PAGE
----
Construction began in early 1980 on a nine-unit condominium building on a posh section of Los Feliz Boulevard. The project should have been completed in about 18 months under normal circumstances, city building officials said.
However, circumstances were not normal. Seven years later, the three-story building remains unfinished and is at the center of a controversy involving angry neighbors, the possibility of its city-ordered demolition, the bankruptcy of a hotel in Hollywood and the collapse of a Canadian bank.
"This has been a pain since way back when," Richard Hovious, an inspector for the Los Angeles Department of Building and Safety, said of the project at the northeast corner of Los Feliz Boulevard and Nella Vista Avenue. "It's been a nuisance to us and a nuisance to the neighbors."
Called an 'Eyesore'
The building's exterior is a patchwork of unpainted stucco and black glass panels. Rusty scaffolding climbs outside walls and a peeling, graffiti-scarred wooden fence blocks the front entrance. Scraps of lumber lie in a side ditch next to a half-finished cinder-block wall with support rods sticking up.
"It is an eyesore. There is nothing advantageous about it," said Edmond Stephan, president of the Los Feliz Improvement Assn. To make matters worse, the building is located on a very busy stretch of the boulevard and is probably noticed by thousands of motorists a day, he said.
Last month, after complaints from Stephan's group and Councilman John Ferraro's office, the city notified the building's owner and builder, Gary H. Mamian, that the structure is a nuisance and faces possible demolition. Such a threat is rarely made against new structures, officials said.
Owner Says 90% Complete
Mamian, who lives only three blocks away and owns several other buildings in the Hollywood area, said the Los Feliz condominiums are more than 90% complete. But the city considers them abandoned because so little, if any, work has been done there recently.
Meanwhile, Mamian is engaged in a legal battle with Canadian Commercial Bank over repayment of a $6-million loan the builder used to construct a high-rise hotel in Hollywood and for which the Los Feliz property and other Mamian holdings were pledged as collateral, according to court records.
The bank, which was declared insolvent in 1985, claims Mamian defaulted on the loan and mismanaged the hotel. In December, the bank obtained a court order placing in a receivership the Hotel Hollywood and the adjacent shopping center owned by Mamian. Mamian claims the bank is holding the deed to the Los Feliz property hostage because of the bank's own financial problems and that the deed should have been released after partial payment of the loan.
Filed Under Chapter 11
On Feb. 17, Mamian transferred title of the Los Feliz building from his personal ownership to that of a corporation of which he is the president, court records show. That corporation, also called Hotel Hollywood, owns the 2-year-old, 90-room hotel Mamian built at 5825 W. Sunset Boulevard. The next day, the Hotel Hollywood corporation filed for protection from creditors under Chapter 11 of the federal bankruptcy laws. That move at least temporarily postponed the bank's request to foreclose on the Los Feliz building.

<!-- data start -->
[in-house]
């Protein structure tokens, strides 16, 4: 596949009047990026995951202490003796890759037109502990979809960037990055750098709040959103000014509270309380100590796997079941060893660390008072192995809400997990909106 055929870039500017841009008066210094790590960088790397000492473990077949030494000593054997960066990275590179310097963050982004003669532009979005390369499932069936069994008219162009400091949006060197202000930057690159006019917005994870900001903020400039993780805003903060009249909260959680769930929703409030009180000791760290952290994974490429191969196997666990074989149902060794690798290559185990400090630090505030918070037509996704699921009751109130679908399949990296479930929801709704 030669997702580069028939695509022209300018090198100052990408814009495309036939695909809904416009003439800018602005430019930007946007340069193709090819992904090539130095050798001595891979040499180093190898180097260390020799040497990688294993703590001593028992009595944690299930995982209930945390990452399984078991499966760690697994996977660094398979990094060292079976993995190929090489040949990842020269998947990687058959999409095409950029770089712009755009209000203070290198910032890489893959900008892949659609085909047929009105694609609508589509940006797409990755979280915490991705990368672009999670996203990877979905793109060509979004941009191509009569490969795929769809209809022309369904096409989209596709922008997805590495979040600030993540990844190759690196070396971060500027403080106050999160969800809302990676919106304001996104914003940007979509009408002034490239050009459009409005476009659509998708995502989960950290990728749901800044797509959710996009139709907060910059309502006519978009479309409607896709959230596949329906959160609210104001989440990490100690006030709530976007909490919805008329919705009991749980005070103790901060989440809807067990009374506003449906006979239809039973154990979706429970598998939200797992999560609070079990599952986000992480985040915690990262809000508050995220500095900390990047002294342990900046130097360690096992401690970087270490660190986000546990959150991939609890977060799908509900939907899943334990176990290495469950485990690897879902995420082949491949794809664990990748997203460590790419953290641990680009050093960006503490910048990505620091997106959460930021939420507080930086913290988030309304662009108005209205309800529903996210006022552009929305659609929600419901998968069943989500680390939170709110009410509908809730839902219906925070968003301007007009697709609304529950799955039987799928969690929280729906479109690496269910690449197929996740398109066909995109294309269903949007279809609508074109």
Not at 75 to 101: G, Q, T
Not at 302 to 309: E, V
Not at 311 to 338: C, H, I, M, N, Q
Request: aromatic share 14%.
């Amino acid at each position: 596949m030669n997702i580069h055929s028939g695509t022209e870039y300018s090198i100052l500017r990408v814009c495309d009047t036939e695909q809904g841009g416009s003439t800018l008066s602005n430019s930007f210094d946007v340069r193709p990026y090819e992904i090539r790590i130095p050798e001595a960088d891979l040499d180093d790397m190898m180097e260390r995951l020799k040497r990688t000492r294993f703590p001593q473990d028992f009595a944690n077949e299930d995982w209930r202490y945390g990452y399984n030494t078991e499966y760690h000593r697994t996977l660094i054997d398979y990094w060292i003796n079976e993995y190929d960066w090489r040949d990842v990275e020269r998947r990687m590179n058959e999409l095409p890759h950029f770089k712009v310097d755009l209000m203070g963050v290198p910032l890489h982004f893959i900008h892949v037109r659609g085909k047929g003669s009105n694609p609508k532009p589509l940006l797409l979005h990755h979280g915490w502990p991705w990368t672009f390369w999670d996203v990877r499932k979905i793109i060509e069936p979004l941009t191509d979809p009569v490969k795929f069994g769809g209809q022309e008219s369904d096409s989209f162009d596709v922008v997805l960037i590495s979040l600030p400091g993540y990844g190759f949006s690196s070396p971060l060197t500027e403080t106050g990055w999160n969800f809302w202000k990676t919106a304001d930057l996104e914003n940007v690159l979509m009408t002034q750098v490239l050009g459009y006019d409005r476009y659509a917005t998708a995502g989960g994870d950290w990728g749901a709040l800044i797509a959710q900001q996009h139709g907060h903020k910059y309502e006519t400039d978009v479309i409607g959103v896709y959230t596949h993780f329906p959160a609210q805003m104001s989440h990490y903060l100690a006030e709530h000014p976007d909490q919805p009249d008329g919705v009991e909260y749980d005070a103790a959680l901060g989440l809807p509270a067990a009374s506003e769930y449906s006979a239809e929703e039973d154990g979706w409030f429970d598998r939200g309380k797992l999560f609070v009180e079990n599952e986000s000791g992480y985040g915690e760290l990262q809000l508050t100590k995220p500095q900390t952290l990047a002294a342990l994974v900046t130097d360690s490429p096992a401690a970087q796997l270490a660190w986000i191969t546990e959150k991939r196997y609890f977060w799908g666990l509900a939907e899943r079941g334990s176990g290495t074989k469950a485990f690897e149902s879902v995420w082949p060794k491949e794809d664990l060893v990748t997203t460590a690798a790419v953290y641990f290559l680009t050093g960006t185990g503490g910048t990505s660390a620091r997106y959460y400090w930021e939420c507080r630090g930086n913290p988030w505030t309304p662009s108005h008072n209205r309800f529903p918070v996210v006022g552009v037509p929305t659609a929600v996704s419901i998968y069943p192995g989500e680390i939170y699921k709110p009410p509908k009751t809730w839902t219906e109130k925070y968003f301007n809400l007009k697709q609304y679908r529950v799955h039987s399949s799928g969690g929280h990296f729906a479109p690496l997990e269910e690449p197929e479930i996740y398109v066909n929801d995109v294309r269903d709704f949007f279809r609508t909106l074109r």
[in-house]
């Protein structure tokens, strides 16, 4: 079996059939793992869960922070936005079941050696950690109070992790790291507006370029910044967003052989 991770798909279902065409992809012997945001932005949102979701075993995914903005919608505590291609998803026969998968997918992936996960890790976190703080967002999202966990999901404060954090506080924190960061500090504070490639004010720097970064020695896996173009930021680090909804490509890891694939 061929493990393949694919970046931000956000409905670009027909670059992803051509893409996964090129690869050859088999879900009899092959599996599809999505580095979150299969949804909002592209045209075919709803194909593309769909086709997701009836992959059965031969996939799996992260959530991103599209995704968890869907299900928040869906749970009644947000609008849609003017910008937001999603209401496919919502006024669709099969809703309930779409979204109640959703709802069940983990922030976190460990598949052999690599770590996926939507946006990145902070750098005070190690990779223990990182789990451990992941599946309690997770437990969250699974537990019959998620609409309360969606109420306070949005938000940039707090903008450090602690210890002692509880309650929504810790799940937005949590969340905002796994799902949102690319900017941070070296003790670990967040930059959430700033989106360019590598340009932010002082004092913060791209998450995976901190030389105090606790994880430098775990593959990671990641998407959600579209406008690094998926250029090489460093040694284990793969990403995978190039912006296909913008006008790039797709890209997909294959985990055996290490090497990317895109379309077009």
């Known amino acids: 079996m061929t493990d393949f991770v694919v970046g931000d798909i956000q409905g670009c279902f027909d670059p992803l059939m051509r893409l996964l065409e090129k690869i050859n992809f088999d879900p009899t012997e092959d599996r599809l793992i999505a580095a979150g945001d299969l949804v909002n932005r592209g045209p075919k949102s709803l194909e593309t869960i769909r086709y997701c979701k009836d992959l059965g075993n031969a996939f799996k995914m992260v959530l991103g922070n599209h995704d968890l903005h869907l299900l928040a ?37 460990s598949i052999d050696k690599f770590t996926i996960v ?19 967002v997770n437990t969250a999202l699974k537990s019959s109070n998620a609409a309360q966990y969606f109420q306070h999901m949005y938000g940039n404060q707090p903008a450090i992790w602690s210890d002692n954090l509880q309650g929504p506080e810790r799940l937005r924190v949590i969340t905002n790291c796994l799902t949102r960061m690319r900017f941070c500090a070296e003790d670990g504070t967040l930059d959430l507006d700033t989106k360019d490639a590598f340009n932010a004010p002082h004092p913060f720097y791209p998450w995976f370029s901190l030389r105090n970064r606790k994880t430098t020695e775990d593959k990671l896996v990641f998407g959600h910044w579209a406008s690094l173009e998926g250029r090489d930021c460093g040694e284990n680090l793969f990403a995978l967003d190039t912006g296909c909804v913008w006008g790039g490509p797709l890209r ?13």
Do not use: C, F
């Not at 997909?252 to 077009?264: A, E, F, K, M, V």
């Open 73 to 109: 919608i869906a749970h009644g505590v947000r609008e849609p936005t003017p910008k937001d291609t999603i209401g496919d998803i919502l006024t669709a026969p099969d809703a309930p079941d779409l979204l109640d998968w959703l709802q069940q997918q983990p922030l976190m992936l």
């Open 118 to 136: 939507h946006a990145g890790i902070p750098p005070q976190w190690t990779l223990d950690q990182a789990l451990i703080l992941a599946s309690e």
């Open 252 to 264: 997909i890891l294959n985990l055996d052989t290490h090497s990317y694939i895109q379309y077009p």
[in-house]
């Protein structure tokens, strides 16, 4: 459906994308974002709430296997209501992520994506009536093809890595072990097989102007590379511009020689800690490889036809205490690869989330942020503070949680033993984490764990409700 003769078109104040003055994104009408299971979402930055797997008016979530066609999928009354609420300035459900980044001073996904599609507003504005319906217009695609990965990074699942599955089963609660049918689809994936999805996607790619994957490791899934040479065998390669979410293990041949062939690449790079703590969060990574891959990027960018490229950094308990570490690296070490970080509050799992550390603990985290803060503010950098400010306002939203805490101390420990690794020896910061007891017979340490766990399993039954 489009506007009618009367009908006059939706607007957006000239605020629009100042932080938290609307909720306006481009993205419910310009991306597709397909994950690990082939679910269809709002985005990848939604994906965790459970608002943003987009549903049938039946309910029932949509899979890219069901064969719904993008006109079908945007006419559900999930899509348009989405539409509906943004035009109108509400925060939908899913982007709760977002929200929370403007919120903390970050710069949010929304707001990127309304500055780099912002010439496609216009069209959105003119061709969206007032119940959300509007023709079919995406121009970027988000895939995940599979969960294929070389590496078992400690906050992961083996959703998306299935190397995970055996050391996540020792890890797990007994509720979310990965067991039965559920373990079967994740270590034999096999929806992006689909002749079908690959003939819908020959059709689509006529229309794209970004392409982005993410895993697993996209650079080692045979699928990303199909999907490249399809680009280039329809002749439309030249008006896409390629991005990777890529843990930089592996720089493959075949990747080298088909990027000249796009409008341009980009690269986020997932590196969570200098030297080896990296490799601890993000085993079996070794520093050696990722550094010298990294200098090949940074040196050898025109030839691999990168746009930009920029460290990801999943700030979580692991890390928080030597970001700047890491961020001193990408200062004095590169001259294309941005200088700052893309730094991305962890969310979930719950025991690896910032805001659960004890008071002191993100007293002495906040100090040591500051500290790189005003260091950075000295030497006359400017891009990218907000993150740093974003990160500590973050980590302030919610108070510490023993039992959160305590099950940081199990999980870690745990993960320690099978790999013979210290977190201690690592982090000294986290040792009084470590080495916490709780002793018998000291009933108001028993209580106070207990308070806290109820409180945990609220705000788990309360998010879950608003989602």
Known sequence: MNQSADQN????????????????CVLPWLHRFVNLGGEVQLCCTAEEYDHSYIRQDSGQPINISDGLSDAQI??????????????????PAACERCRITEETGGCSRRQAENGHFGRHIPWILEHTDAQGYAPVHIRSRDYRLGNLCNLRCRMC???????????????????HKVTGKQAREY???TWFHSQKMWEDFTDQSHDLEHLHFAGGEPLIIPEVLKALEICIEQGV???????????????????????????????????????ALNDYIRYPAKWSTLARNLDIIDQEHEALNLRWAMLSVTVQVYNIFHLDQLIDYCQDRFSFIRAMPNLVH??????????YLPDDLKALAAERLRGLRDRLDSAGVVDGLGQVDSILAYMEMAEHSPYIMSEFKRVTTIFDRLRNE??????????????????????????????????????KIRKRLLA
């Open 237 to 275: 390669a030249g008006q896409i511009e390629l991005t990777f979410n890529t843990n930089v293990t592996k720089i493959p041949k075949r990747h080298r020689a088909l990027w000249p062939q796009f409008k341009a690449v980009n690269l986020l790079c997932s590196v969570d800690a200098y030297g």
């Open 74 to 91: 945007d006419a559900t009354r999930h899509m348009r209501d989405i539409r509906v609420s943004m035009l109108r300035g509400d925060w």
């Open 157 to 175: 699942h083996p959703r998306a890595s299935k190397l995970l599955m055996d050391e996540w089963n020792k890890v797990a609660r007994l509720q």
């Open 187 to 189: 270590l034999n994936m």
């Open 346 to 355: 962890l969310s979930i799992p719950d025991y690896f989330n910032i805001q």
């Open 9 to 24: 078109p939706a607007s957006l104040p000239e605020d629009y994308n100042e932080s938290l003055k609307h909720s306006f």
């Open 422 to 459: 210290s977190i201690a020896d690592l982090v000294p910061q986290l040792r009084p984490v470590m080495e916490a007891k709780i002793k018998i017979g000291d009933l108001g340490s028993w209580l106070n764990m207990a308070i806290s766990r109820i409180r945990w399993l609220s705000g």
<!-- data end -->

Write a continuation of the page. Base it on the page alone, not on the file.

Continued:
In an interview this week, Mamian called the situation "very unfortunate" and stressed that he wants to complete the Los Feliz building by the summer. All that remains to be done, he said, is installing cabinets, appliances, flooring and fixtures and decorating the exterior walls. He said he intends to take off the black panels--similar to those on the hotel but criticized by Los Feliz residents as out of character with their neighborhood--and simply paint the stucco underneath pink.
Mamian said work is slow because he has to pay for it out of pocket. He said he spent about $700,000 on the project but needs an additional $200,000. The dispute with Canadian Commercial Bank makes it impossible for him to obtain any other loans, he said.
No Power Line
In addition, Mamian said that work is delayed because the Department of Water and Power has not been able to hook up a permanent electrical power line to the condominiums. He alleged that DWP erred in not taking into account how the design of a subterranean garage would affect power lines.
"I am stuck in a Catch-22 and am not getting any relief from the city," said Mamian. "It's just my bad luck."
A DWP spokesman said Wednesday that he could find no record of any request for a permanent power line for the building.
Mamian denied allegations from some neighbors that the building is used as shelter for vagrants and that it is a fire hazard. "There is nothing wrong with the building. Nobody can go into it. It's just not pretty," he said.
City officials said they do not expect the building to be knocked down. A demolition order can be appealed within the Building and Safety Department and to the courts by anyone with a financial interest.
Structure Called Sound
"I feel that someone is going to jump out of the woodwork and finish it," said William Nazaroff, the city inspector who would be in charge of any demolition contract. He described the building as structurally sound.
Tom LaBonge, a field deputy to Ferraro, agreed. "Once we have the bulldozers warmed up in the yard, so to speak, the banks will fall in line. The threat will force whoever is doing all this to finish the building up," said LaBonge, who has been handling the matter.
"We're just going to keep pushing till it hurts," he said, "because it has hurt the community long enough."